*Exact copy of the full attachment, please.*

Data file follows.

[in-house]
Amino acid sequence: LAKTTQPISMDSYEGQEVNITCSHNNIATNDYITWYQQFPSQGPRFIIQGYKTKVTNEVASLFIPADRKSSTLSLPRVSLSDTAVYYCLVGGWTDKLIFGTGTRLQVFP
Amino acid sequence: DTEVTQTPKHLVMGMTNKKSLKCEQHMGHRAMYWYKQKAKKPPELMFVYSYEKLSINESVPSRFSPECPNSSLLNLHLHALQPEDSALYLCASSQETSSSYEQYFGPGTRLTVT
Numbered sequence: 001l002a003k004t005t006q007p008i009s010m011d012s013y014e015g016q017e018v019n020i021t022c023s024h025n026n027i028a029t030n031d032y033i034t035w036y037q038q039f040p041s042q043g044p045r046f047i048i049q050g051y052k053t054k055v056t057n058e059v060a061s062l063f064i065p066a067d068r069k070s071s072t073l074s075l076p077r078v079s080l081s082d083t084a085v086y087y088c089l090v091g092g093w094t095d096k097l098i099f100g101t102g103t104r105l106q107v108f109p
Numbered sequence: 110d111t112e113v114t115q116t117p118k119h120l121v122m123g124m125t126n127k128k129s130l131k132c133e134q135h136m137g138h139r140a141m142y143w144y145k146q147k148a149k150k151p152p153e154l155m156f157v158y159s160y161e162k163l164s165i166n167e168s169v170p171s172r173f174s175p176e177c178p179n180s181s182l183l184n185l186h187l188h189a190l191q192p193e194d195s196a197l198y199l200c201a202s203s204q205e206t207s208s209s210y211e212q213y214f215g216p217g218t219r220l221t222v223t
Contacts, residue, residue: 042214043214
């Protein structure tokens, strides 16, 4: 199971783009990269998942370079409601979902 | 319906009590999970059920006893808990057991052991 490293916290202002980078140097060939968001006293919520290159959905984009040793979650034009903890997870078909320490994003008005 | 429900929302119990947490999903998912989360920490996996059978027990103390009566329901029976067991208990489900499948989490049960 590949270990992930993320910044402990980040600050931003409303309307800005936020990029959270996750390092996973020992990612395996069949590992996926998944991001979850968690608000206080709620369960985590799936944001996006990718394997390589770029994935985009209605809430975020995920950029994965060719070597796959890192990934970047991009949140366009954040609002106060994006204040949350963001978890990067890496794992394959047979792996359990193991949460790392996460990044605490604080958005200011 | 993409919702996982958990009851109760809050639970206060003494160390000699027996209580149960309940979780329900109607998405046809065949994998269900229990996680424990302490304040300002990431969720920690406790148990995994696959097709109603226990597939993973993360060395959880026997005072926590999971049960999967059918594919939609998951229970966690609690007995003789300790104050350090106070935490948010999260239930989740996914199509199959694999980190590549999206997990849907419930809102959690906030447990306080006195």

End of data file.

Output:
[in-house]
Amino acid sequence: LAKTTQPISMDSYEGQEVNITCSHNNIATNDYITWYQQFPSQGPRFIIQGYKTKVTNEVASLFIPADRKSSTLSLPRVSLSDTAVYYCLVGGWTDKLIFGTGTRLQVFP
Amino acid sequence: DTEVTQTPKHLVMGMTNKKSLKCEQHMGHRAMYWYKQKAKKPPELMFVYSYEKLSINESVPSRFSPECPNSSLLNLHLHALQPEDSALYLCASSQETSSSYEQYFGPGTRLTVT
Numbered sequence: 001l002a003k004t005t006q007p008i009s010m011d012s013y014e015g016q017e018v019n020i021t022c023s024h025n026n027i028a029t030n031d032y033i034t035w036y037q038q039f040p041s042q043g044p045r046f047i048i049q050g051y052k053t054k055v056t057n058e059v060a061s062l063f064i065p066a067d068r069k070s071s072t073l074s075l076p077r078v079s080l081s082d083t084a085v086y087y088c089l090v091g092g093w094t095d096k097l098i099f100g101t102g103t104r105l106q107v108f109p
Numbered sequence: 110d111t112e113v114t115q116t117p118k119h120l121v122m123g124m125t126n127k128k129s130l131k132c133e134q135h136m137g138h139r140a141m142y143w144y145k146q147k148a149k150k151p152p153e154l155m156f157v158y159s160y161e162k163l164s165i166n167e168s169v170p171s172r173f174s175p176e177c178p179n180s181s182l183l184n185l186h187l188h189a190l191q192p193e194d195s196a197l198y199l200c201a202s203s204q205e206t207s208s209s210y211e212q213y214f215g216p217g218t219r220l221t222v223t
Contacts, residue, residue: 042214043214
């Protein structure tokens, strides 16, 4: 199971783009990269998942370079409601979902 | 319906009590999970059920006893808990057991052991 490293916290202002980078140097060939968001006293919520290159959905984009040793979650034009903890997870078909320490994003008005 | 429900929302119990947490999903998912989360920490996996059978027990103390009566329901029976067991208990489900499948989490049960 590949270990992930993320910044402990980040600050931003409303309307800005936020990029959270996750390092996973020992990612395996069949590992996926998944991001979850968690608000206080709620369960985590799936944001996006990718394997390589770029994935985009209605809430975020995920950029994965060719070597796959890192990934970047991009949140366009954040609002106060994006204040949350963001978890990067890496794992394959047979792996359990193991949460790392996460990044605490604080958005200011 | 993409919702996982958990009851109760809050639970206060003494160390000699027996209580149960309940979780329900109607998405046809065949994998269900229990996680424990302490304040300002990431969720920690406790148990995994696959097709109603226990597939993973993360060395959880026997005072926590999971049960999967059918594919939609998951229970966690609690007995003789300790104050350090106070935490948010999260239930989740996914199509199959694999980190590549999206997990849907419930809102959690906030447990306080006195």